Historians locate King Arthur's Round Table
Historians claim to have finally located the site of King Arthur’s Round Table – and believe it could have seated 1,000 people.
11 Jul 2010
Researchers exploring the legend of Britain’s most famous Knight believe his stronghold of Camelot was built on the site of a recently discovered Roman amphitheatre in Chester.
Legend has it that his Knights would gather before battle at a round table where they would receive instructions from their King.
Barracks site is location for fresh battle royalBut rather than it being a piece of furniture, historians believe it would have been a vast wood and stone structure which would have allowed more than 1,000 of his followers to gather.
Historians believe regional noblemen would have sat in the front row of a circular meeting place, with lower ranked subjects on stone benches grouped around the outside.
They claim rather than Camelot being a purpose built castle, it would have been housed in a structure already built and left over by the Romans.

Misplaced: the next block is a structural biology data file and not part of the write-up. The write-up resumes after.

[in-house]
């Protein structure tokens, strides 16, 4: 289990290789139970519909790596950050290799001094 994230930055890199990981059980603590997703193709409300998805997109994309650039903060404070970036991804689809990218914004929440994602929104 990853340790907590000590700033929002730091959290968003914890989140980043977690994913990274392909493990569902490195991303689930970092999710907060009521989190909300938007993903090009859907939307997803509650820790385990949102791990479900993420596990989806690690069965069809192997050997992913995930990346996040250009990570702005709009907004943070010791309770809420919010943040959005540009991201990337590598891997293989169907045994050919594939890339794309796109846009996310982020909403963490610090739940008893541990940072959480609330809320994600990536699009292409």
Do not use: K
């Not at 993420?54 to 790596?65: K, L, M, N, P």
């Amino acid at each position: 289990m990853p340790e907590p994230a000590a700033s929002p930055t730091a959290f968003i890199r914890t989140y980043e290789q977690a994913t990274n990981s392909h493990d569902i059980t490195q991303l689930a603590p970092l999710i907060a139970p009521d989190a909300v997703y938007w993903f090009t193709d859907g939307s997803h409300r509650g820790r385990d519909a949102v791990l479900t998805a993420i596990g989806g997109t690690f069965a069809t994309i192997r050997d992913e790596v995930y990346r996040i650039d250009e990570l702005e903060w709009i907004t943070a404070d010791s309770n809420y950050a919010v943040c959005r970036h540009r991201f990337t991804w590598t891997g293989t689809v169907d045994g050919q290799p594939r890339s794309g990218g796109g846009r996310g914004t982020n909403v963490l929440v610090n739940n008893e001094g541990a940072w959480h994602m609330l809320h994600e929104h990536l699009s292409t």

Camelot historian Chris Gidlow said: “The first accounts of the Round Table show that it was nothing like a dining table but was a venue for upwards of 1,000 people at a time.
“We know that one of Arthur’s two main battles was fought at a town referred to as the City of Legions. There were only two places with this title. One was St Albans but the location of the other has remained a mystery.”
The recent discovery of an amphitheatre with an execution stone and wooden memorial to Christian martyrs, has led researchers to conclude that the other location is Chester.
Mr Gidlow said: “In the 6th Century, a monk named Gildas, who wrote the earliest account of Arthur’s life, referred to both the City of Legions and to a martyr’s shrine within it. That is the clincher. The discovery of the shrine within the amphitheatre means that Chester was the site of Arthur’s court and his legendary Round Table.”